A former top White House official claimed Islamabad thought of using nuclear weapons during the 1999 Kargi War leading to irreparable losses in Indian and Pakistan.
At the peak of the Kargil War, when the Pakistan Army suffered huge reverses, the politicos in Islamabad considered using nukes to change the course of the war, according to sources.
On the morning of 4 July, 1999, the CIA, in its top-secret daily briefing to former President Bill Clinton, informed the US president that, Pakistan was preparing to use nuclear weapons, Bruce Riedel, who worked in White House’s National Security Council, said. This was before Pakistan PM Nawaz Sharif was to meet Clinton. Faced with global ignominy and the prospect of an imminent defeat, Sharif sought Clinton’s help to end the war.
“The intelligence was compelling. The mood in the Oval Office was grim,” Bruce Riedel, among those present at the Clinton-Sharif meeting, claimed.
Riedel, an ex-CIA analyst, made the revelations in an obituary he wrote for Sandy Berger, former National Security Advisor to Clinton, who died of cancer on 1 December.
“Berger urged President Clinton to hear out Sharif, but to be firm. Since Pakistan started this crisis, it must end it sans any compensation. The President had to make it clear to Sharif that only a Pak withdrawal will prevent tensions from escalating,” he wrote.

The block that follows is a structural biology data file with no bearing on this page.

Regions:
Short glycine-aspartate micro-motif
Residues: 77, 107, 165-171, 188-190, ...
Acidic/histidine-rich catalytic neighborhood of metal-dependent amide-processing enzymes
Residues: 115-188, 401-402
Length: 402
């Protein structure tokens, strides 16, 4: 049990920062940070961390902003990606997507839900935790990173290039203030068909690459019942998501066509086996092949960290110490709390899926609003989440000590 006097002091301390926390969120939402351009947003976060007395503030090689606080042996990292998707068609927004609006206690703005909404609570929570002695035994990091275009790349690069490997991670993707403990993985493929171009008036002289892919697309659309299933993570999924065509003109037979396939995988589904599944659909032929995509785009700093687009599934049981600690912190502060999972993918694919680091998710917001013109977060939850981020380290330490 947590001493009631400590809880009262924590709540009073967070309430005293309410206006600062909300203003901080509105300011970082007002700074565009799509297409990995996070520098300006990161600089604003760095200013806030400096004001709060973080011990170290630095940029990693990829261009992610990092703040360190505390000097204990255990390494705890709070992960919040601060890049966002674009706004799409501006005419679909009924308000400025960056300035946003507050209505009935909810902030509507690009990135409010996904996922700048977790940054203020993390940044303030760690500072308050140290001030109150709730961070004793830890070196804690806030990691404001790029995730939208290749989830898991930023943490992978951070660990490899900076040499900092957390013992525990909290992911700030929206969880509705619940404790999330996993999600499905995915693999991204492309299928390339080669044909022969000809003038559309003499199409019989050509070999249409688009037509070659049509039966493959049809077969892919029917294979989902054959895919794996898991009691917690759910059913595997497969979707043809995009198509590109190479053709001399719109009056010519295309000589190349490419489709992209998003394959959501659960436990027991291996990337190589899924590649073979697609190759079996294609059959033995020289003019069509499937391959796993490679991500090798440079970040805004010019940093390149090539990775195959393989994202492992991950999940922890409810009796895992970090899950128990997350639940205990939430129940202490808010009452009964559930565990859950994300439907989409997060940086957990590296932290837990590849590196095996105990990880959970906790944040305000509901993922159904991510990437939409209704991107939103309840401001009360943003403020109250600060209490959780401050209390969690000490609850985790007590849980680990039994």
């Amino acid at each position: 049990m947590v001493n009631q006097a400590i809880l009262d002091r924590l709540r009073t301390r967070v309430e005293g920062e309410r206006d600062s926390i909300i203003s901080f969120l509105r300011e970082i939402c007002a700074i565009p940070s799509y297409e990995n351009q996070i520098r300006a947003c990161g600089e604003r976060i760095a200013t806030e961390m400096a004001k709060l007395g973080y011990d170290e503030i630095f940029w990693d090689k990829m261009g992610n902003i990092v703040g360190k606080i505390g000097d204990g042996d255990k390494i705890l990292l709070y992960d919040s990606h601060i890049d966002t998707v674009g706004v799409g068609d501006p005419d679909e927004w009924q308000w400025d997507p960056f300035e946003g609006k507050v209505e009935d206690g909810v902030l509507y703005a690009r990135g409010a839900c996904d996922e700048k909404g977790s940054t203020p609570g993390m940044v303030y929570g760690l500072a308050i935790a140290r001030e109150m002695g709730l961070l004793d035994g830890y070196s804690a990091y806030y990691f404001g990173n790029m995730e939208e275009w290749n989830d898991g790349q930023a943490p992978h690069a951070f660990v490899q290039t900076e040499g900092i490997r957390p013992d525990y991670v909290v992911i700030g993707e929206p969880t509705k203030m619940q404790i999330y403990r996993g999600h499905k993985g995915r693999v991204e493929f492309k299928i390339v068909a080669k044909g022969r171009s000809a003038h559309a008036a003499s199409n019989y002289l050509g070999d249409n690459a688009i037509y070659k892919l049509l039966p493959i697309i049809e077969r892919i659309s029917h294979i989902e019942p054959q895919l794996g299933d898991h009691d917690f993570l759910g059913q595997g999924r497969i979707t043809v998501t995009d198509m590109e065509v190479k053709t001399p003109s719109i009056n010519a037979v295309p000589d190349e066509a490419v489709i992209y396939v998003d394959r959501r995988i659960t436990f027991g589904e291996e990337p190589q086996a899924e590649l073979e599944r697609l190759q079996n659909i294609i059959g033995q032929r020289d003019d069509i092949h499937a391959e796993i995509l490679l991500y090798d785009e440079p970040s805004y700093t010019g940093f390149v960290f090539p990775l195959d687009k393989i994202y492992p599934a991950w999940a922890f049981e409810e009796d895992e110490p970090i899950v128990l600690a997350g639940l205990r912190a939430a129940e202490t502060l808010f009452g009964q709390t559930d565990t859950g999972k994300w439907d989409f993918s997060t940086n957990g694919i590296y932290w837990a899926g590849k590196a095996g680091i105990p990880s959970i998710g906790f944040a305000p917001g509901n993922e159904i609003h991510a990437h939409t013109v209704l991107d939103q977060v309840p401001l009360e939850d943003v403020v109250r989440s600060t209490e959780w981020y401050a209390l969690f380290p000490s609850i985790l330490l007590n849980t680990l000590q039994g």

“It worked. Sharif agreed to pull back. It later cost him his job: The army ousted him in a coup and he spent a decade in exile in Saudi Arabia. But the risk of a nuclear exchange in South Asia was averted,” wrote Riedel.
Meanwhile, Pulitzer Prize-winning author and historian Taylor Branch wrote that, Clinton believed that Kargil was a close call. He claimed so in a new book based on secretly-taped conversations with him.
The Indian view, meanwhile, was in case of a nuclear war, it could wipe off Pakistan, but lose up to 500 million of its own people, Branch had claimed in his book titled, ‘The Clinton Tapes: Wrestling History with the President’.